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Southwest Va. lawmakers discuss police reform at special session

Southwest Va. lawmakers discuss police reform at special session

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Todd Pillion

Del. Todd E. Pillion, R-Washington, gives a floor speech about the opioid crisis in the state during a floor sesion of the Virginia House of Delegates at the State Capitol in Richmond, Virginia, on Jan. 23, 2018.

Two Southwest Virginia lawmakers differed Friday about the level of bipartisan support for police reform legislation proposed for the upcoming special session of the General Assembly.

Gov. Ralph Northam called the General Assembly back into session on Tuesday to revisit the biennial budget amid COVID-19 and to take up police issues in the wake of widespread protests and rioting over the deaths of George Floyd in Minneapolis and Breonna Taylor in Louisville, Kentucky, at the hands of law enforcement.

Sen. Todd Pillion, R-Abingdon, predicted Democrats — who control both chambers — and Republicans would find little to agree on, but Del. Terry Kilgore, R-Gate City, offered a slightly more conciliatory perspective.

Pillion, Kilgore and Del. Israel O’Quinn, R-Bristol, spoke with reporters Friday morning via a Zoom call.

“I don’t expect much common ground at all,” Pillion said. “We’re communicating with our law enforcement agencies and associations to determine where our interests overlap and how we can make progress for everyone. That’s in areas like training and some standards and perhaps others. We’re talking with our law enforcement agencies on what they feel like is something they can be supportive of and they want us to be supportive of. I really don’t expect there to be much common ground with the Democrat caucus.”

On Thursday, the House Democratic Caucus released a sweeping agenda that includes prohibiting no-knock warrants; banning chokeholds and other restraints; prohibiting departments from acquiring certain weapons; reforming expungement laws; empowering the state attorney general to investigate police departments that “appear to be violating constitutional rights”; expanding the definition of hate crimes; increasing sentencing credits for good behavior; giving prosecutors more authority to dismiss charges; decertifying officers who fail to perform their duties; eliminating certain police stops; and enhancing training at police academies.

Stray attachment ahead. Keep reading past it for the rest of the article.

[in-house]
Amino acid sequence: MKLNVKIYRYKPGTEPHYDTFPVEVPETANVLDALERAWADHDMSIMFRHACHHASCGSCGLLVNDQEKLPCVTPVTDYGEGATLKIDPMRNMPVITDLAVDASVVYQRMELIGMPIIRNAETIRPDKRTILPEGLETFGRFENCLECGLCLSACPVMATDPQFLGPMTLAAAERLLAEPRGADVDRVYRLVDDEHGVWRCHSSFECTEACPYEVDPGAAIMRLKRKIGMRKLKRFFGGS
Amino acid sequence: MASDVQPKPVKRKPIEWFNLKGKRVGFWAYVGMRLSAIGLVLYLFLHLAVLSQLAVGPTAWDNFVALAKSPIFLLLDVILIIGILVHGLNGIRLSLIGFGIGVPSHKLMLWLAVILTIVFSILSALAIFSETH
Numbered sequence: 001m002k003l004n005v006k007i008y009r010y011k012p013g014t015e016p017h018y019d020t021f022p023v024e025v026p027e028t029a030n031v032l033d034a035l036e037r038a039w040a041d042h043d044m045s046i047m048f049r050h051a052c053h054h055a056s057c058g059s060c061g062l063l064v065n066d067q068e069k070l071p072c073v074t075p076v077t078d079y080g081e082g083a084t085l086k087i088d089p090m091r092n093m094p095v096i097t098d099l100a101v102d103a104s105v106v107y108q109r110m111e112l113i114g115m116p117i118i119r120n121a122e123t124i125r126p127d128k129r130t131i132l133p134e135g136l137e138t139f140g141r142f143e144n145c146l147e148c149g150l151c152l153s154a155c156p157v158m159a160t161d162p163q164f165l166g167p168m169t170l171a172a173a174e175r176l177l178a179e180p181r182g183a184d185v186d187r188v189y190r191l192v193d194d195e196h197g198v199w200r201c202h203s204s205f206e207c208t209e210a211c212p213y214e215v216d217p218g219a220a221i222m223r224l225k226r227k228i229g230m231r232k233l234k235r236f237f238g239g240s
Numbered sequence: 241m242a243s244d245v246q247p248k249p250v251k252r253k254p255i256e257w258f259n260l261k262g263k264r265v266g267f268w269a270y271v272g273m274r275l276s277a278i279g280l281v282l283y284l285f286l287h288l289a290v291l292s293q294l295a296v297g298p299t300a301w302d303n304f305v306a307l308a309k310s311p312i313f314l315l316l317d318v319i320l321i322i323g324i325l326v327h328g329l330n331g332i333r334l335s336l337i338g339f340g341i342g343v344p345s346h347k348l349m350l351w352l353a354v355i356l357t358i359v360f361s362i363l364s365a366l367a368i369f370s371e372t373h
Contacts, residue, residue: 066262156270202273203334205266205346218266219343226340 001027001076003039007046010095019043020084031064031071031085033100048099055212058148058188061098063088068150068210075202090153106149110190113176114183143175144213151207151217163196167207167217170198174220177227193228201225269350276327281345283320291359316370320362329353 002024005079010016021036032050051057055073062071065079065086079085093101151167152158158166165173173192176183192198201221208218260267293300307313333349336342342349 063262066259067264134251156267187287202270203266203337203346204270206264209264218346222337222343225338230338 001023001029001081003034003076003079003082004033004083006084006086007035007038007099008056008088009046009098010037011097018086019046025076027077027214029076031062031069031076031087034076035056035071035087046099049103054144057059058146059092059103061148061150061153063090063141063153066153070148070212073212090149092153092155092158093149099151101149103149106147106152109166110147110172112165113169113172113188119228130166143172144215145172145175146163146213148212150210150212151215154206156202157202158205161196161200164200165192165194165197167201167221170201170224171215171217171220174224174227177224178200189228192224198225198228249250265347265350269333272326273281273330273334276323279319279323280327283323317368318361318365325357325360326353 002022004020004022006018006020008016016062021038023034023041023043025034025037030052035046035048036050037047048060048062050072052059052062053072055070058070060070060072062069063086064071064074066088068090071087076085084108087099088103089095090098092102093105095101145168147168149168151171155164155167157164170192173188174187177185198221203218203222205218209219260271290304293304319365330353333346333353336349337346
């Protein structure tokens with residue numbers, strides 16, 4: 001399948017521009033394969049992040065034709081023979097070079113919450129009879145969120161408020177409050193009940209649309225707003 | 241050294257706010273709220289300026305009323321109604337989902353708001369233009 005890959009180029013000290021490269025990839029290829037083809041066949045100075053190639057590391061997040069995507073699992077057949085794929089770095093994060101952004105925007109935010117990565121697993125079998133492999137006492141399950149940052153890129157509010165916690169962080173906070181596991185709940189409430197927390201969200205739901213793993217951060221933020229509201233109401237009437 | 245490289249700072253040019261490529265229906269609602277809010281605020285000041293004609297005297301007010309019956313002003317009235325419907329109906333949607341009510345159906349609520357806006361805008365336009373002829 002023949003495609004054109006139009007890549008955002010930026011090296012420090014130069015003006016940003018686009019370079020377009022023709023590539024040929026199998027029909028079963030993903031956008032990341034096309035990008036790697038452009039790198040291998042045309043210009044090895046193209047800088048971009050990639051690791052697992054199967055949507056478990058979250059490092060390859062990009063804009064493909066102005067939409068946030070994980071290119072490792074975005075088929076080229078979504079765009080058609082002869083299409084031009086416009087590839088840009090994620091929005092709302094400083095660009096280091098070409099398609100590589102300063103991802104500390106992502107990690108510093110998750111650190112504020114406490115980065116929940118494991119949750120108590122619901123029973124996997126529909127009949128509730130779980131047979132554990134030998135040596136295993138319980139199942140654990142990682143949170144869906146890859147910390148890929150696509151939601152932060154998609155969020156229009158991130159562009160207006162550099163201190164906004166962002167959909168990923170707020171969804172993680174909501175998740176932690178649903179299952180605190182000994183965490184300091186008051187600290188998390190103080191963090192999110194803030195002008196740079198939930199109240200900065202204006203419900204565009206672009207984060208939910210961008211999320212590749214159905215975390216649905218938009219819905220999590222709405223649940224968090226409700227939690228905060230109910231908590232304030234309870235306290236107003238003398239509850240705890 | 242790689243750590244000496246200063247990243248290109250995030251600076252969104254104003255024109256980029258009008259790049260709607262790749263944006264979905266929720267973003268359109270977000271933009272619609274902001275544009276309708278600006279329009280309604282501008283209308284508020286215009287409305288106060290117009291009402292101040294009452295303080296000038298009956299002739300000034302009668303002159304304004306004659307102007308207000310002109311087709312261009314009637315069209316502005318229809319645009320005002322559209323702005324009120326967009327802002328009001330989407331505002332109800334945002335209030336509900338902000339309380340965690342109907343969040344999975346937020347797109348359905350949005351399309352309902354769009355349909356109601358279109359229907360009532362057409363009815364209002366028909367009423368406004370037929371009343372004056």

In the statement, Virginia Speaker of the House Eileen Filler-Corn said, “We will also pass long overdue legislation to reform our police and criminal justice systems.”

Kilgore said in most cases, the “devil is in the details” of specific legislative language.

“To be quite honest, there’s going to be some agreement on the proposals,” Kilgore said. “We’ve got to look at the bill language and at what exactly is proposed. For example, no-knock warrants. That sounds like a great idea, but when you’re looking for a dangerous, violent fugitive or a gang that may be armed and dangerous, do you really want to put our officers in that situation?”

Kilgore called on leaders of both parties to “reach out to each other” and not just “ram” legislation through.

“Looking at some of those prosecutorial bills, maybe we can agree on some of those, maybe looking at reforming expungement issues. We’ve got to look at the details, but there are some things that, I think, Republicans and Democrats can agree on in the area of police reform,” Kilgore said. “Things like decertification of law enforcement officers when they committed a crime. We’ve just got to come together.”

The Democratic agenda did not mention efforts to reduce or eliminate a grant program to fund school resource officers — police officers or deputies regularly stationed in school buildings. That has been a talking point for some state Democratic leaders during the summer. In one case, there was a full review of the state grant program that partially funds SROs in schools.

No legislation filed Friday afternoon specifically addresses SRO funding, but it could still come up in budget talks.

Pillion called any such effort a “knee-jerk” reaction, not sound policy.

“As a father of four students in public schools, I’m grateful to have SROs to not only keep our kids safe but build positive relationships between them and law enforcement. … There is clear consensus on the value they add to our schools.”

O’Quinn said those officers are the best defense for students and teachers, particularly in rural areas where schools are often in remote locations.

“Unless a deputy is in that neighborhood, it’s going to take several minutes, in a lot of cases, to get to the school if something bad were to happen. This is a good program,” O’Quinn said. | 276-645-2532 | Twitter: @DMcGeeBHC

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